Talking Turkey and Dining Out in Paris
It’s a good thing I know how to eat it, even if I don’t know how to say it (in French)! You were definitely paying attention to Monday’s “nouvellettre” when I made “gobbledygook” of the French word for “turkey” — making a proverbial “turkey” out of me and an “Indian” out of the “Turques.” If you have read Parler Paris for a while, then you know that a French “dinde” lands on this American’s Thanksgiving table every year here in France, very proudly and very thankfully, since it’s even tastier and juicier than any American-bred turkey I’ve eaten.
Nonetheless, for all the bad language and even worse puns, I offer a sincere apology. What shall not be apologized for is the eating, regardless of the menu. Growing up in “Nouvelle Orléans” which of course, is today just quieting down after a raucous two weeks of Mardi Gras events ending last night, is a solid foundation for knowing how to have a ‘party in your mouth.’ According to CNN, “The sad state of the economy doesn’t appear to be affecting the festive mood in New Orleans, Louisiana,” and they went further to report that “New Orleans’ sparkling culinary reputation is part of its unique draw.” No one knows better how to eat, drink and be merry than New Orleanians.
So, no wonder that immediately upon arrival in Paris, the stove top turned cold to home-cooked meals and the file of restaurant calling cards took over the kitchen table. It was as long ago as 1996 when I wrote the first online restaurant guide to Paris, devoted to good-value restaurants, since when you’re living here, you take a different perspective on dining out then you might as a tourist…to spend less for each meal, to eat just as well and to find the restaurants frequented by the locals, not the tourists.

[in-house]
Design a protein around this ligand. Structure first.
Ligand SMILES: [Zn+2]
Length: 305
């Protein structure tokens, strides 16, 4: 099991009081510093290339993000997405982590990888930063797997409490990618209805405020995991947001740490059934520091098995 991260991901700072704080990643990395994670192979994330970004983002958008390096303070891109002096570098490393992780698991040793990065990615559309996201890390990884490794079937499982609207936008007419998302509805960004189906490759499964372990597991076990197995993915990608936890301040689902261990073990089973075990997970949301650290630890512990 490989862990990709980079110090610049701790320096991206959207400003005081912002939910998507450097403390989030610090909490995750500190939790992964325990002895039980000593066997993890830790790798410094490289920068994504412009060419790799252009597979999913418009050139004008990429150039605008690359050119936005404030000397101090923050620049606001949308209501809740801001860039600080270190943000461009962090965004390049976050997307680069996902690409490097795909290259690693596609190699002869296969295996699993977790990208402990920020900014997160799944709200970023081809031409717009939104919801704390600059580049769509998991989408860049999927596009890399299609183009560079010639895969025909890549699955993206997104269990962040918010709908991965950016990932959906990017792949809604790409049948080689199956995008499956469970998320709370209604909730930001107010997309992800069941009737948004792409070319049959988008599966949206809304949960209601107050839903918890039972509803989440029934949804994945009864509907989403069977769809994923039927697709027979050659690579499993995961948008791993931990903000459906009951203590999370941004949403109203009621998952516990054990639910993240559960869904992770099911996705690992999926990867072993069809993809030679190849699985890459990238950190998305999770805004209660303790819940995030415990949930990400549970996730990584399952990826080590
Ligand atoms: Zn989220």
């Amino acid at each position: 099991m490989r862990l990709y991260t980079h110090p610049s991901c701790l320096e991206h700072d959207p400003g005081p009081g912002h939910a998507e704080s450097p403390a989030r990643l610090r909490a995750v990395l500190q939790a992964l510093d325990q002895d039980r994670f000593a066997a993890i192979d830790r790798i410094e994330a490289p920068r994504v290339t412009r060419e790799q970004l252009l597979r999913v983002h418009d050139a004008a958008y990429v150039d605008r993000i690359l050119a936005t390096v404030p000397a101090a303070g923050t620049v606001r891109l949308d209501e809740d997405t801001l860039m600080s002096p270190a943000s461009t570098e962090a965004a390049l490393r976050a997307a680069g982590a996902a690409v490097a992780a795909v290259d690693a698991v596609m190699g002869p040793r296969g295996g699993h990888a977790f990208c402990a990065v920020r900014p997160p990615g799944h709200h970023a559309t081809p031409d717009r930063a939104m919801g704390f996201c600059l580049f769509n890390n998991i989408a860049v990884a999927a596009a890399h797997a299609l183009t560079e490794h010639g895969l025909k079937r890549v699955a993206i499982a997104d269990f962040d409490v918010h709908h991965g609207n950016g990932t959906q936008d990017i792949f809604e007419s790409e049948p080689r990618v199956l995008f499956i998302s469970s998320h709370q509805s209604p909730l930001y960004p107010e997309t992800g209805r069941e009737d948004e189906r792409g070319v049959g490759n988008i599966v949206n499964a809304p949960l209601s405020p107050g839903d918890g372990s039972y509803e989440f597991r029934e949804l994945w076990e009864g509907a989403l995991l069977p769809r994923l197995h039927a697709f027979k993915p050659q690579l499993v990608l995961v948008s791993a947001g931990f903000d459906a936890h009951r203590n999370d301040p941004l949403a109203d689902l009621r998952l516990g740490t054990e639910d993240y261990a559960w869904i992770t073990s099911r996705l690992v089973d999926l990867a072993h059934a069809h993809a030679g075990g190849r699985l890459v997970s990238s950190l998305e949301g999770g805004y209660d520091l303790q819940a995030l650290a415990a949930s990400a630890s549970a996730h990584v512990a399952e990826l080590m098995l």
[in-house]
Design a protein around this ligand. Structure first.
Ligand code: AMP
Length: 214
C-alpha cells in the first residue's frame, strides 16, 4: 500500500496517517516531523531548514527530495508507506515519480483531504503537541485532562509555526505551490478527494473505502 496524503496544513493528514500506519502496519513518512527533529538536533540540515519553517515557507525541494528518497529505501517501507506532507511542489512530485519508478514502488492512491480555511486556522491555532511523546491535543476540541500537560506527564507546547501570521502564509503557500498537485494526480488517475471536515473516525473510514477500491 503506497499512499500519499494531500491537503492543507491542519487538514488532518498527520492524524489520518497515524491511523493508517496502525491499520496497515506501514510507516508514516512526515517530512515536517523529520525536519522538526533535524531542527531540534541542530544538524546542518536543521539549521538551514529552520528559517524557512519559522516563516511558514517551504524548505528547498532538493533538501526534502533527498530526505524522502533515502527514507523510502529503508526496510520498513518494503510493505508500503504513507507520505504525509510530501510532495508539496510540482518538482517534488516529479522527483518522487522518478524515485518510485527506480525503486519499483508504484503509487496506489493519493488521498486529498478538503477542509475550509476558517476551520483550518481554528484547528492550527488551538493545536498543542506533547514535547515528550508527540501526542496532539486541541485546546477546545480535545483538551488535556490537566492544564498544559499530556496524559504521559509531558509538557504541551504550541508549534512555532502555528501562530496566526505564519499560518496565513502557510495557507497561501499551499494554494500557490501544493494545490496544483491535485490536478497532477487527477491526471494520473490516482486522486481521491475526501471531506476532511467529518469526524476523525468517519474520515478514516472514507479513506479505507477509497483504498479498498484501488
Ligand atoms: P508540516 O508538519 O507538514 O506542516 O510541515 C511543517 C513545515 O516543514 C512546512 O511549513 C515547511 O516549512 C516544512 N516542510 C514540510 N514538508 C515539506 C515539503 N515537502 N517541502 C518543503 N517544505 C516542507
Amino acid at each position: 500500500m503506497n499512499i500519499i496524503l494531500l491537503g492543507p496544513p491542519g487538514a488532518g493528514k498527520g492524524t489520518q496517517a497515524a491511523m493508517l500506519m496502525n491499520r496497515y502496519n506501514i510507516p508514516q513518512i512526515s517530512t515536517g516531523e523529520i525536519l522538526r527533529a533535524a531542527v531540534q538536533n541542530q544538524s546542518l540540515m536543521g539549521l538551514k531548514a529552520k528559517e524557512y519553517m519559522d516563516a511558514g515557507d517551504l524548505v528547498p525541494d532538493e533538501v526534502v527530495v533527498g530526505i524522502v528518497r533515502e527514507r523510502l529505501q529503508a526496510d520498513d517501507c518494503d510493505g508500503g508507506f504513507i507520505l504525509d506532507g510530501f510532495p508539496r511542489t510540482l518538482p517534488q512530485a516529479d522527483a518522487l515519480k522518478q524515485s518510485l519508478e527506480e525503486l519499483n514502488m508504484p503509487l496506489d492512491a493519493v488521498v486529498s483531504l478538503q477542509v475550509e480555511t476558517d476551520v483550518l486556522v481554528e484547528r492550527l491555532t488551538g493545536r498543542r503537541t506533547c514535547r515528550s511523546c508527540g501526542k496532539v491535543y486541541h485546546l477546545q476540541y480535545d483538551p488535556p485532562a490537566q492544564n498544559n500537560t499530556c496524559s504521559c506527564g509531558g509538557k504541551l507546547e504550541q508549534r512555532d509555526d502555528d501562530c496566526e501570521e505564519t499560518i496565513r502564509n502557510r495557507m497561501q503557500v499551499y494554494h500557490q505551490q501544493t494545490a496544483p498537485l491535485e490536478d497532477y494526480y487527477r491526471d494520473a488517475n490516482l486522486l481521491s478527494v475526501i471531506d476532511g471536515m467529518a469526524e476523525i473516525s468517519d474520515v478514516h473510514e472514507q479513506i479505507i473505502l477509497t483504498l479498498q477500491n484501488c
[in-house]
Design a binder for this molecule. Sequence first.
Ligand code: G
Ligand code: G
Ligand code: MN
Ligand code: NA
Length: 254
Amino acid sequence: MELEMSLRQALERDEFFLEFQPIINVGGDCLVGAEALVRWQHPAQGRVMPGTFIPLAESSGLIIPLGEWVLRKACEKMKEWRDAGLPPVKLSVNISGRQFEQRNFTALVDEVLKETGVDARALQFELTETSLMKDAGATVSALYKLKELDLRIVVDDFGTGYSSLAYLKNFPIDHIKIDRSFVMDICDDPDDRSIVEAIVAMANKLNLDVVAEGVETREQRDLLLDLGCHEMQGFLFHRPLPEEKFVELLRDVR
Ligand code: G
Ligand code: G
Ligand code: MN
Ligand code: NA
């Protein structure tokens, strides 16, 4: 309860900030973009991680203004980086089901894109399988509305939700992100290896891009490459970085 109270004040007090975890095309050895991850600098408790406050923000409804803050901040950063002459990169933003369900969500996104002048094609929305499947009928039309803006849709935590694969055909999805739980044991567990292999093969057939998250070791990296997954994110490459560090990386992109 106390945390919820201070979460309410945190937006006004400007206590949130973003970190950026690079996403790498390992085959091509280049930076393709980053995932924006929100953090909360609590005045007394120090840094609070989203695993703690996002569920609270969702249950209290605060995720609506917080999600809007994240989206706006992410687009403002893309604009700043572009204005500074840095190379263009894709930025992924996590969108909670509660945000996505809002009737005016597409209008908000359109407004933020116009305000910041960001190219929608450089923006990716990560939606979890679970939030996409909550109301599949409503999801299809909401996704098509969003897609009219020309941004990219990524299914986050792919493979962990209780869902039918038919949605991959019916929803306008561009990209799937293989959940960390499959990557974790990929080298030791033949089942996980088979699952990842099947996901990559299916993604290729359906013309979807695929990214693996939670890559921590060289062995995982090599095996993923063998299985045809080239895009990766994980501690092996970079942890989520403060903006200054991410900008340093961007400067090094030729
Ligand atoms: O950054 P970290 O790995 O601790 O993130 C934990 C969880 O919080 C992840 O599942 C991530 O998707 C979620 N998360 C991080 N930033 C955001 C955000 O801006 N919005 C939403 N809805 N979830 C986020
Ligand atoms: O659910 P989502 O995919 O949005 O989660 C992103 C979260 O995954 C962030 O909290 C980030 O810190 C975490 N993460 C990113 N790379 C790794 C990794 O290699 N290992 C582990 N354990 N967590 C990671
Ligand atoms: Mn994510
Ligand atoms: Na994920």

After every restaurant dining experience, the receipt goes into a folder organized by month and at the end of every year, the cost of each meal gets logged into an Excel spreadsheet, then analyzed. Last year was a little more conservative than previous years, having dined out only 320 times compared to 2007’s 403 times, but the average cost in dollar terms was within pennies the same — just a bit more than $30 per meal, or 21.50€, including tax and tip.
Each year, it never ceases to surprise me how well I’ve eaten, too, for such a small amount of money…but you can ‘chalk that up’ to the amazing quality of cuisine in France that can only be beaten dollar for euro by my home town, New Orleans.
Often I am asked which restaurants in Paris are favorites — a very tough question. Since “collecting stars” (dining at two and three-star Michelin-rated restaurants) is not my “raison d’être,” those which get lots of publicity have not landed on the list, and in all honesty, while the meals there can be very memorable experiences for some, I find them to be overly complex, too formal and not much of a ‘party.’